Clinton’s term as President finished the next month, Barak was heavily defeated by Ariel Sharon in the February 2001 Israeli elections, Arafat died in 2004.  The second intifada started in September 2000 and only ended in February 2005, when President Abbas and Prime Minister Sharon agreed to stop all acts of violence against Israelis and Palestinians and reaffirmed their commitment to the road map for peace.

In August-September 2005 the Israelis unilaterally withdrew from Gaza and dismantled the settlements there. Sharon, who had been a hawk, left Likud in 2005 and formed Kadima, the party of renewal, attracting a number of former leading lights in Labor. A stroke completely incapacitated him in early January 2006. His successor as Prime Minister, Olmert, was defeated in 2009. Tellingly, in 2001 and 2009, the Israeli Right returned to office after peace proposals by moderate Israeli leaders were spurned by the Palestine Authority.

The present round of Gaza fighting undermines Abbas’ attempt to realise his long sought ambition to conclude the conflict and for Palestine to become a normal state. The fighting adds unpredictable volatility to the restarting of the peace process.

Israel should do more in supporting moderate Palestinian representatives. Given unbridled anti-Jewish propaganda in the Gaza and the West Bank – cartoons and children’s television show the joy of murdering Jews – there are grounds for wondering if the Palestinian leaders, many of whom say one thing in English and another in Arabic, seriously believe in peace and a two-state solution and are  capable of delivering this.

As Yitzak Rabin famously said: you make peace with your enemies, not your friends.

The extremists in Israel who do not respect Palestinian rights are a minority. Most Israelis support a two-state solution. Hamas’ intention is to radicalise Palestinians as well as Israelis. Cool heads are needed.

Despite the presence in the Israeli Cabinet of Naftali Bennett’s Jewish Home Party and other rightist groupings in favour of unilateral annexation of the West Bank, the Israeli political establishment, including the current Prime Minister, overwhelmingly favour a two-State solution (albeit to varying degrees). Putting Carr’s position at its most generous, he seems to believe the whole world is being hoaxed by the far right in Israel.

Israel’s proportional representation system has a threshold quota of 3.25 per cent for election to the Knesset. PR encourages the formation of tiny parties and militates against the larger parties forming coalitions within themselves and gaining outright majorities. All governments since the collapse of the Labor establishment in the late 1970s have been diverse coalitions. As the current Right coalition includes parties favouring Greater Israel settlements, this means that such elements hold disproportionate sway in Israeli politics. Hence the steady advance of certain settlements beyond the Green Line.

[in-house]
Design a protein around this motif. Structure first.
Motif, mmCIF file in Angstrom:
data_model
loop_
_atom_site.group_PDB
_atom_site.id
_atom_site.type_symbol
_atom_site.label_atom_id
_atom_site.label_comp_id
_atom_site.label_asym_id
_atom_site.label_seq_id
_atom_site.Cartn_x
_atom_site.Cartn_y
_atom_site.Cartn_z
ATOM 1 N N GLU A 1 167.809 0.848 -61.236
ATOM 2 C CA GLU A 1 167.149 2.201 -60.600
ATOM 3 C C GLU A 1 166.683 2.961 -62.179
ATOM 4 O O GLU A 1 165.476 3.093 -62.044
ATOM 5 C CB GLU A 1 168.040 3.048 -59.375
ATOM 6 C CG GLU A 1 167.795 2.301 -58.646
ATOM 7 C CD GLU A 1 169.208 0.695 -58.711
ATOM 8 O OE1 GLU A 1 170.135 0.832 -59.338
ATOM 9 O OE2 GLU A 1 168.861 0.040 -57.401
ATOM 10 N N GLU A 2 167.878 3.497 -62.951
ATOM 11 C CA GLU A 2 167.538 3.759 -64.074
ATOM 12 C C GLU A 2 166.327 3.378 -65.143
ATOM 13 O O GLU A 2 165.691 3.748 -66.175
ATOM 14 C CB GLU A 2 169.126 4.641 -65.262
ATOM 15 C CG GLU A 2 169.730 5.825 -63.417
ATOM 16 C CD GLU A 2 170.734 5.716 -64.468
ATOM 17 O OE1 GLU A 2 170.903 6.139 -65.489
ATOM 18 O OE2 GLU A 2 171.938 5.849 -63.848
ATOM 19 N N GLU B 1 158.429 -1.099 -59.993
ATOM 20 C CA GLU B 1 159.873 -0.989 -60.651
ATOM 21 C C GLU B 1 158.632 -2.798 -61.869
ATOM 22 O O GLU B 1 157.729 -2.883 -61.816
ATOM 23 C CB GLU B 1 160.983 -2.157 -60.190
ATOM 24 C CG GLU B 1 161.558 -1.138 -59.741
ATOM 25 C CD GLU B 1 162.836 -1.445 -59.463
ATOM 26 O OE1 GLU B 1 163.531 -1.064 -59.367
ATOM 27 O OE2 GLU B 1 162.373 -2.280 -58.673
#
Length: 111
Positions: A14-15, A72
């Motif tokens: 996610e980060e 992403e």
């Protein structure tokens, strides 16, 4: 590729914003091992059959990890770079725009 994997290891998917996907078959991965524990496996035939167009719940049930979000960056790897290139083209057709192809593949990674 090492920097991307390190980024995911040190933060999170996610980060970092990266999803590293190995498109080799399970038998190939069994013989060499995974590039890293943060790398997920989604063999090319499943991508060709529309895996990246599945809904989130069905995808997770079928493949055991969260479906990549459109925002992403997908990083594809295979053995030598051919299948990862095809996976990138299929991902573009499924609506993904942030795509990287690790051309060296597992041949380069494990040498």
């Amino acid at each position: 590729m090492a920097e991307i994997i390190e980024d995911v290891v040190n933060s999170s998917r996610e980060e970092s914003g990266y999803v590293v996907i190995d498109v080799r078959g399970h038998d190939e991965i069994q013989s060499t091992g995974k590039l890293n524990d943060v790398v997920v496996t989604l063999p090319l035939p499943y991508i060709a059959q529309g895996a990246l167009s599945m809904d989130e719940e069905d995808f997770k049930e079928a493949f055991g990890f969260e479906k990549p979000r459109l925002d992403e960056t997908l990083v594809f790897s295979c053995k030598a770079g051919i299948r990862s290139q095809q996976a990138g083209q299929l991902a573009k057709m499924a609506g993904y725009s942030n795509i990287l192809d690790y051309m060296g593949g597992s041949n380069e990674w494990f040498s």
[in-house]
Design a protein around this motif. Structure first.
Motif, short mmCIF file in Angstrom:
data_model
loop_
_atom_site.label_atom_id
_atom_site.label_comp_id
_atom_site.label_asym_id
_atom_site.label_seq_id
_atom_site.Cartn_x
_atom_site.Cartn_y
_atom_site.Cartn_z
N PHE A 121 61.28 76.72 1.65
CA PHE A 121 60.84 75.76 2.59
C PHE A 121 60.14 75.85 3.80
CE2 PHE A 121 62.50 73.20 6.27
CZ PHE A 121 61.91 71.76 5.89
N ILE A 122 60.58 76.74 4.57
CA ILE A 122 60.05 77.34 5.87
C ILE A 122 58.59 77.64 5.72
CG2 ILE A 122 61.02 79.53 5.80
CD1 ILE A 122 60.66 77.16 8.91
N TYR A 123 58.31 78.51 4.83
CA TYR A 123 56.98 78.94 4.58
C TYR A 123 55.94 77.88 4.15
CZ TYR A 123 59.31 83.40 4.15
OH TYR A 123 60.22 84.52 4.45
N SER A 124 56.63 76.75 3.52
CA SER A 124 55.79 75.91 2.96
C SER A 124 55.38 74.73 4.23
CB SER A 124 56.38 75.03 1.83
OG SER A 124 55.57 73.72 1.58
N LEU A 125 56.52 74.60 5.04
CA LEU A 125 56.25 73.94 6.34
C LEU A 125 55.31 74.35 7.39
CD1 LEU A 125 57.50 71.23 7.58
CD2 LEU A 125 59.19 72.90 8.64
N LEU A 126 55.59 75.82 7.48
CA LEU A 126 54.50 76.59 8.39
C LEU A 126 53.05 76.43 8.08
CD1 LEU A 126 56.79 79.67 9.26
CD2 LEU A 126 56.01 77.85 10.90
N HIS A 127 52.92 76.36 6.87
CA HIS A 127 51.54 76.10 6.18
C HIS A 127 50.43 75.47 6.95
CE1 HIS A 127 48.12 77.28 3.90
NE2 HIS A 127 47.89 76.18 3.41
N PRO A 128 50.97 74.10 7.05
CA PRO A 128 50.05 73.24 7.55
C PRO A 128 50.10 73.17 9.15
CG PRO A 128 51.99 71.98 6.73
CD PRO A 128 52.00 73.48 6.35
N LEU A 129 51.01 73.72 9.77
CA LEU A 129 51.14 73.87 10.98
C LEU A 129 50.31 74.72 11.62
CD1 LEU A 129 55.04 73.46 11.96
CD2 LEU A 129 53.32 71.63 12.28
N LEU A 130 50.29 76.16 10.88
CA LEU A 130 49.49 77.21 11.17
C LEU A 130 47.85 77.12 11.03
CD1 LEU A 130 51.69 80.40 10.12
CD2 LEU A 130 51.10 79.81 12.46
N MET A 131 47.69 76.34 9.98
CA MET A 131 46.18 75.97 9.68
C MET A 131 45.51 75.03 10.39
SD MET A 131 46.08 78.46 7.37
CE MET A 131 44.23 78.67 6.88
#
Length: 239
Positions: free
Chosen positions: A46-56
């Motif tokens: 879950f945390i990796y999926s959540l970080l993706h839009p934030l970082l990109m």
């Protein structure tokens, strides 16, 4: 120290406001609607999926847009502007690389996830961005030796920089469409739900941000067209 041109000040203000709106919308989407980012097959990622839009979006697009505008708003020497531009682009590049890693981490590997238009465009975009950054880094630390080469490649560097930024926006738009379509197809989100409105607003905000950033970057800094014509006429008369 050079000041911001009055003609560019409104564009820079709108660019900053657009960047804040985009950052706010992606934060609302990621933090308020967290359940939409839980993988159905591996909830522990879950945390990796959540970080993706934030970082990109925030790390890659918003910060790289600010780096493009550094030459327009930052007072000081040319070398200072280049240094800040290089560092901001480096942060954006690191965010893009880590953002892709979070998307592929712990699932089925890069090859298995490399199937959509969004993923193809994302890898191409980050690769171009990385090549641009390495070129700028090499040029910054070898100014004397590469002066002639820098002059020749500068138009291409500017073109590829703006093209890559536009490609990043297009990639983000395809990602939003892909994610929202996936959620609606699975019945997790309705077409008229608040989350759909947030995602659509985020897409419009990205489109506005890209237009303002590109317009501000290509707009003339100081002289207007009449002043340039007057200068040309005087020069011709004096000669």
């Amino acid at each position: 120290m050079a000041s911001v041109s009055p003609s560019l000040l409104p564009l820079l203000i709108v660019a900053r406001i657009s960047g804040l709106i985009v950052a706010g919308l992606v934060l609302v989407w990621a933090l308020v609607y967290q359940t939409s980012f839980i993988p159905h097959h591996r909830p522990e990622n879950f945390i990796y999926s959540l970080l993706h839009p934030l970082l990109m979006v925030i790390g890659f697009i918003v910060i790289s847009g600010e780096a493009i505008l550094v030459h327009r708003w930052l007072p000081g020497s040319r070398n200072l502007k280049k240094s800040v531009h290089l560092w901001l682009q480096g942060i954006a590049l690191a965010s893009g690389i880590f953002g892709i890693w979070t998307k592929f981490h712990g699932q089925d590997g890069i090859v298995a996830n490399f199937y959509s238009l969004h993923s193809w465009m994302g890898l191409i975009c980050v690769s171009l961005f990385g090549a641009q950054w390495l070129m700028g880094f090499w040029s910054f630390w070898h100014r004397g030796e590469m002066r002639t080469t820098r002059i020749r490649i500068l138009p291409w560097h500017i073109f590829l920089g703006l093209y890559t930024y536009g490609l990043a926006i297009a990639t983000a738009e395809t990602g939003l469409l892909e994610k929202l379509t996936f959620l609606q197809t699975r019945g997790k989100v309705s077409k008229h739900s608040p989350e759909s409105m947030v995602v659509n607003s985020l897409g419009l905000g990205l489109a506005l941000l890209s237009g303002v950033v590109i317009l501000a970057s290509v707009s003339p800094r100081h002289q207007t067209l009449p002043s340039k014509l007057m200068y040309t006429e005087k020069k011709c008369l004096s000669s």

Most Israelis hold to the view that settlements significantly inside Palestinian territory should be given back. Less than ten percent of settlements are in that category. Most settlers are not prone to psychotic mob violence. The EU publishes lists of settlements well beyond the Green Line that should be dismantled. This is undoubtedly a vexed and complicated issue with frustrations sometimes boiling over. So Carr is right to highlight that a permissive settlements policy is an important grievance.

But that is not the only or most important issue in the current conflict. The most significant, fundamental problem remains implacable hostility to the very existence of Israel by wide sections of Palestinian society and genocidal hatred of Jews by a bigoted minority of Palestinians. When Hamas activists sing “from the [Jordan] river to the [Mediterranean] sea, Palestine will be free,” what they mean is free of Jews.

The bind we are all in is that Hamas is locked in a deadly battle for leadership of the Palestinian people, ignoring calls from Egypt and the Palestinian Authority in recent weeks for ceasefires. They desperately want to kill as many Jews as possible. When they order their people in Gaza not to leave their homes, when they use civilians as human shields, when they hide weapons in and beside buildings such as schools and UN facilities, they are hoping that casualties of women and children will undermine international support for Israel and galvanise support for Hamas at home.

Mistakes are made in war and I sometimes wish Israel would show greater public sorrow when that happens. But the reader of this Newsletter should make no mistake. This is Hamas’ war and Israel is defending itself.

No responsible former Australian Foreign Minister should allow personal emotions and pent up rage against what he calls “the Melbourne Jewish Lobby” to cause him to miss the big picture. Labor should not be party to an old and recurring feature of Palestine-Israeli relations: never missing an opportunity to miss an opportunity.

Although the Carr motion was overwhelmingly carried on the voices, there were many voices raised against when a vote was called for. It is false to assert, as did some media, that the motion was carried unanimously.

Michael Easson studied international politics under Owen Harries at the University of NSW. In 1977 he joined Labor Friends of Israel, was Secretary or President of the NSW ALP Foreign Affairs and Defence Committee (1977-85), and served on the ACTU’s International Affairs Committee (1981-94). In 2008 he was a founding member of what is now known as the Australia-Israel-United Kingdom Leadership Dialogue. 

Michael Easson’s article about Bob Carr’s views first appeared in the ALP Southern Highlands Branch Newsletter – no.208 (August 2014)